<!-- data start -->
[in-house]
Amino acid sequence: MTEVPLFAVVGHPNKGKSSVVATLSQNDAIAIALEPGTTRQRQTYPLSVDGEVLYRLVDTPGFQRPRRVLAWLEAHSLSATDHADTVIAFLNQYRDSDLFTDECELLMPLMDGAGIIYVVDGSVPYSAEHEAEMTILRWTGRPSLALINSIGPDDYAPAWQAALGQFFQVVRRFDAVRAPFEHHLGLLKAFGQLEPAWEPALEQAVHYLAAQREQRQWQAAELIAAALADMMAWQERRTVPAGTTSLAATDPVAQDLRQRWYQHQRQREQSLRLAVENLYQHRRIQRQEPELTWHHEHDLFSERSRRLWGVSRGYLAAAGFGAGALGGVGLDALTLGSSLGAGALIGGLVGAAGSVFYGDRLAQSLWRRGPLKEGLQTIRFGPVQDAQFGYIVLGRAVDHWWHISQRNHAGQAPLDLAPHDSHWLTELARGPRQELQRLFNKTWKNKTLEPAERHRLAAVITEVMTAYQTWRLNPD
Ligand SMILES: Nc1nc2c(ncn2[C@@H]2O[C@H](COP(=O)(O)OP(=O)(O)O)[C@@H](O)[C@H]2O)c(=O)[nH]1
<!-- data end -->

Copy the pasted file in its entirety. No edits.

[in-house]
Amino acid sequence: MTEVPLFAVVGHPNKGKSSVVATLSQNDAIAIALEPGTTRQRQTYPLSVDGEVLYRLVDTPGFQRPRRVLAWLEAHSLSATDHADTVIAFLNQYRDSDLFTDECELLMPLMDGAGIIYVVDGSVPYSAEHEAEMTILRWTGRPSLALINSIGPDDYAPAWQAALGQFFQVVRRFDAVRAPFEHHLGLLKAFGQLEPAWEPALEQAVHYLAAQREQRQWQAAELIAAALADMMAWQERRTVPAGTTSLAATDPVAQDLRQRWYQHQRQREQSLRLAVENLYQHRRIQRQEPELTWHHEHDLFSERSRRLWGVSRGYLAAAGFGAGALGGVGLDALTLGSSLGAGALIGGLVGAAGSVFYGDRLAQSLWRRGPLKEGLQTIRFGPVQDAQFGYIVLGRAVDHWWHISQRNHAGQAPLDLAPHDSHWLTELARGPRQELQRLFNKTWKNKTLEPAERHRLAAVITEVMTAYQTWRLNPD
Ligand SMILES: Nc1nc2c(ncn2[C@@H]2O[C@H](COP(=O)(O)OP(=O)(O)O)[C@@H](O)[C@H]2O)c(=O)[nH]1